There’s a lot to love about the Mitten. Home to the Sleeping Bear Dunes, Pictured Rocks, Motor City and more, the Great Lakes State has a special place in a lot of people’s hearts. Michigan has brought us music like Motown, ingenuity like the automobile and flavor like the Michigan cherry. This month, we celebrate the birth of a state that brought us more than we can imagine. But, how exactly did it become a state?

One hundred eighty-two years ago, Michigan became the 26th state to join the Union. On January 26, 1837, President Andrew Jackson signed a bill that would officially give Michigan its statehood.

Though Michigan had drawn up a constitution in 1835, the infamous “Toledo War,” a dispute in 1836 between Ohio and Michigan over the coveted Toledo Strip, delayed Michigan’s official statehood.

To become a state, Michigan had to establish its borders. It was at this time that they included Toledo because of its location on Lake Erie and the Saint Lawrence Seaway system, a shipping lane linking the Great Lakes and the Atlantic Ocean together. Ohio blocked the petition and sent an armed militia to occupy the territory.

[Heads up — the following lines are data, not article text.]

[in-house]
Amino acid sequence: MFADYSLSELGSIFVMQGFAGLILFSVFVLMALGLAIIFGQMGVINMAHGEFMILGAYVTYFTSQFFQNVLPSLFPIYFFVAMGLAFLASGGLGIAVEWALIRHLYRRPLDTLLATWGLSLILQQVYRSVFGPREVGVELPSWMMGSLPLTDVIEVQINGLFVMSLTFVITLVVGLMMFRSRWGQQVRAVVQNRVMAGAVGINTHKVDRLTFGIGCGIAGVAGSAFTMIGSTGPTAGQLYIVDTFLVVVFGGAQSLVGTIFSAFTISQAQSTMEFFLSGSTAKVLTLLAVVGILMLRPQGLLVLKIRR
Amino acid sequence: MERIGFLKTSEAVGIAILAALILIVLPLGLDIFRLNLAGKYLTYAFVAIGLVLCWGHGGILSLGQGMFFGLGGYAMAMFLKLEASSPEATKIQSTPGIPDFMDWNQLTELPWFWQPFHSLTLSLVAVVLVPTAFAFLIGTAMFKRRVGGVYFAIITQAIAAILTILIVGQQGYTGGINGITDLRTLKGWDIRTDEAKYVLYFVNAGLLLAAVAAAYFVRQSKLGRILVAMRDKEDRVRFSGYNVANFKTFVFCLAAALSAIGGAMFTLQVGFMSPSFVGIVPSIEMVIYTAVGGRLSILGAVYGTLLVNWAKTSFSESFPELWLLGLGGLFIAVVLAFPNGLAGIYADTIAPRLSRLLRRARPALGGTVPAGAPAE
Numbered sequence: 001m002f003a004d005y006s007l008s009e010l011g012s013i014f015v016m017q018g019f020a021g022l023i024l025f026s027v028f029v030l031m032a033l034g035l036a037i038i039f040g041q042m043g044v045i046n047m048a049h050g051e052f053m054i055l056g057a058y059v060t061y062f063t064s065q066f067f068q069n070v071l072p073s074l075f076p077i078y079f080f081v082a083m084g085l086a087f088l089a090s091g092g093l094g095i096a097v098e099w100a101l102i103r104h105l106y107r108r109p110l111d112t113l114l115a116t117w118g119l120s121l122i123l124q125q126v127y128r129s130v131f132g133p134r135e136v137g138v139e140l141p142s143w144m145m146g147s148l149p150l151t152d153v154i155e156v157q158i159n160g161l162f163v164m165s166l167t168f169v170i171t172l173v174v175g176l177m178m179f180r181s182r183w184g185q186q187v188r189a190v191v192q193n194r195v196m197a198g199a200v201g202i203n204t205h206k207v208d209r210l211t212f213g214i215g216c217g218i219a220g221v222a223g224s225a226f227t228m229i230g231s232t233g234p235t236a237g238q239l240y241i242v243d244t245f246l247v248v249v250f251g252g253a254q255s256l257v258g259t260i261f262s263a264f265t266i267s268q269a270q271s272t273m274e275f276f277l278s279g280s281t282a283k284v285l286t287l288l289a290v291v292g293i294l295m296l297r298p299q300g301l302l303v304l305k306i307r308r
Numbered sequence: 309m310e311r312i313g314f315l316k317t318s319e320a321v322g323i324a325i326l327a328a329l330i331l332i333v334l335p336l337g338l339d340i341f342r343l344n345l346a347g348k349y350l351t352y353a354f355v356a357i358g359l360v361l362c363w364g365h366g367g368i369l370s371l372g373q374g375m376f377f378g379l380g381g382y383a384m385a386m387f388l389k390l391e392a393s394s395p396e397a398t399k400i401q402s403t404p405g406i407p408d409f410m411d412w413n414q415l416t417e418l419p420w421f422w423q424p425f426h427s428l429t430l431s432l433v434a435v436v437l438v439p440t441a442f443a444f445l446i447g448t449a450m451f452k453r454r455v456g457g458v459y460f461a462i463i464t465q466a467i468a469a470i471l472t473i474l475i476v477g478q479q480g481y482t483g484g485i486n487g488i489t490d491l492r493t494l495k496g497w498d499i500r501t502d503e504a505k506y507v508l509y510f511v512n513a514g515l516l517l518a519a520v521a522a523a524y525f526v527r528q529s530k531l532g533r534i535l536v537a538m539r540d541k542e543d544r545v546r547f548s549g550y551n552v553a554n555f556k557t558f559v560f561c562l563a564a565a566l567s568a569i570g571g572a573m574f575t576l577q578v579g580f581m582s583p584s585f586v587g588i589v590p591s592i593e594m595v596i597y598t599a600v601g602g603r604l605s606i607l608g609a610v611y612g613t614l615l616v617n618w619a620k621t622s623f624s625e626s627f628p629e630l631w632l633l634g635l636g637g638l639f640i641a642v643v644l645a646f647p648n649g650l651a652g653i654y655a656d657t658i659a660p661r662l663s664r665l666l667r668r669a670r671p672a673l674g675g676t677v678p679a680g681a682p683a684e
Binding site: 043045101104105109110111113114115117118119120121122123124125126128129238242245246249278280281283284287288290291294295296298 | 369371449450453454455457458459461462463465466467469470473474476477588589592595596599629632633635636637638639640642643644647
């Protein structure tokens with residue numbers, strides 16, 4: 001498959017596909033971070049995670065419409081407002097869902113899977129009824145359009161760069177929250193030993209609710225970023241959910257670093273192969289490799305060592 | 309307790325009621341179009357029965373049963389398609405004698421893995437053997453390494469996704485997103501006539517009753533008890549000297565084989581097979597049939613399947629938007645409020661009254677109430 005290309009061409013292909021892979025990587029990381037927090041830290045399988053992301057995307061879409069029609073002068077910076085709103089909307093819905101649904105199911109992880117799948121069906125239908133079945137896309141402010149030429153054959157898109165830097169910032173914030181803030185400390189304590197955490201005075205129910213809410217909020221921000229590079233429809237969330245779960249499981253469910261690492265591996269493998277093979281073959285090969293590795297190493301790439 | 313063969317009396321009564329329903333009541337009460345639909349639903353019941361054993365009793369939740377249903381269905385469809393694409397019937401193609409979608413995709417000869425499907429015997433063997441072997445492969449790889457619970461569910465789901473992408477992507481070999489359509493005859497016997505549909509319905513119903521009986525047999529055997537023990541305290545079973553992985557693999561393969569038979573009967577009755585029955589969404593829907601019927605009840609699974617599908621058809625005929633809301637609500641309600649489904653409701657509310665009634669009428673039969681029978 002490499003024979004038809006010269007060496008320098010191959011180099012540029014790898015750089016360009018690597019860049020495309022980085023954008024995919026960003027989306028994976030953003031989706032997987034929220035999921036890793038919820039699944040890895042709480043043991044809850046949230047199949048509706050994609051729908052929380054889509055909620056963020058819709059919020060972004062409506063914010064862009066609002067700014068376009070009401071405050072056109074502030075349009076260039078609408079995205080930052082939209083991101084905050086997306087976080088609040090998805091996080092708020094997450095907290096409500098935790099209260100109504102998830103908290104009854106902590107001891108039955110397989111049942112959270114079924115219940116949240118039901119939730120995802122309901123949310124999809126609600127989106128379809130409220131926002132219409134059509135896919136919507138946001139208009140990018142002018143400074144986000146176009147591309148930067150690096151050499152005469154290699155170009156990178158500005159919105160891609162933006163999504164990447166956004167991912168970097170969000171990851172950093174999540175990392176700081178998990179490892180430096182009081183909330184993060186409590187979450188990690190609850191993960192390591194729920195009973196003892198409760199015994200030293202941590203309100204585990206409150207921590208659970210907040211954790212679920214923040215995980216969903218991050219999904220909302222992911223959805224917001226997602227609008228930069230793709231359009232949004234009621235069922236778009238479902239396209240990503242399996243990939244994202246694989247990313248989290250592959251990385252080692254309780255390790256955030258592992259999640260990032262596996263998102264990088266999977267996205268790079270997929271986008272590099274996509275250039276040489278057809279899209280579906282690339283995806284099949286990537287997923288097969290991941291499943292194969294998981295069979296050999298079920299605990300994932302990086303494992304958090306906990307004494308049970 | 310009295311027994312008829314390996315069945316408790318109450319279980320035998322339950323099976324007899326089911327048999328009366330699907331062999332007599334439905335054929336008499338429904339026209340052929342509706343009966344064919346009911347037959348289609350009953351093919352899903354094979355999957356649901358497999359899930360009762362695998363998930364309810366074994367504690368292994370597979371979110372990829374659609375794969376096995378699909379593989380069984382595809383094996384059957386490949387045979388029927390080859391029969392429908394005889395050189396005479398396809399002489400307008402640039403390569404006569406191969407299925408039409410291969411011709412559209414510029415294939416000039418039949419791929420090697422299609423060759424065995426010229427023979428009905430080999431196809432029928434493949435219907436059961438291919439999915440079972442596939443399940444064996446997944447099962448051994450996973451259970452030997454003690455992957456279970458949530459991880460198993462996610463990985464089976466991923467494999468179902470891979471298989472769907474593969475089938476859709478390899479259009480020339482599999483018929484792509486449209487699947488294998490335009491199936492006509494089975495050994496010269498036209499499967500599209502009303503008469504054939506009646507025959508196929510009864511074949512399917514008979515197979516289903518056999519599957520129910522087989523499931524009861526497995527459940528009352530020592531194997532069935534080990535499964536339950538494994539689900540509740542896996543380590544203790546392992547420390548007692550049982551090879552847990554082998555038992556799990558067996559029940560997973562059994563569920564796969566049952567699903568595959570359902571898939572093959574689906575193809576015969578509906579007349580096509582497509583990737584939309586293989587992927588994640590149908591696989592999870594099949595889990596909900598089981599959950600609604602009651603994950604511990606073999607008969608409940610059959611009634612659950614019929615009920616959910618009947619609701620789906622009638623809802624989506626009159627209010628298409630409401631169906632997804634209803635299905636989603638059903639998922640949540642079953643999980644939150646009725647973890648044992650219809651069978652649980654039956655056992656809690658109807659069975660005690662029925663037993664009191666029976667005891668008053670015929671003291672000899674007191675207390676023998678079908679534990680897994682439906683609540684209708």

After what was thankfully a nonviolent dispute, President Andrew Jackson and Congress gave Toledo to Ohio and, as consolation, awarded 9,000 square miles of land in the Upper Peninsula to Michigan during what was called the “Frostbitten Convention.”

The 1836 Treaty of Washington can also be credited for the statehood of Michigan becoming a reality. The agreement was between the U.S. government and the Anishinaabek, a collective of Odawa and Ojibway Native Americans. As a part of the agreement, the Anishnaabek tribes handed over 13,837,207 acres of the lower peninsula’s northwest region and the Upper Peninsula’s eastern region the U.S.

The land given to the U.S. totals 40 percent of the area now known as Michigan. Without this treaty, Michigan wouldn’t have had the land needed for statehood.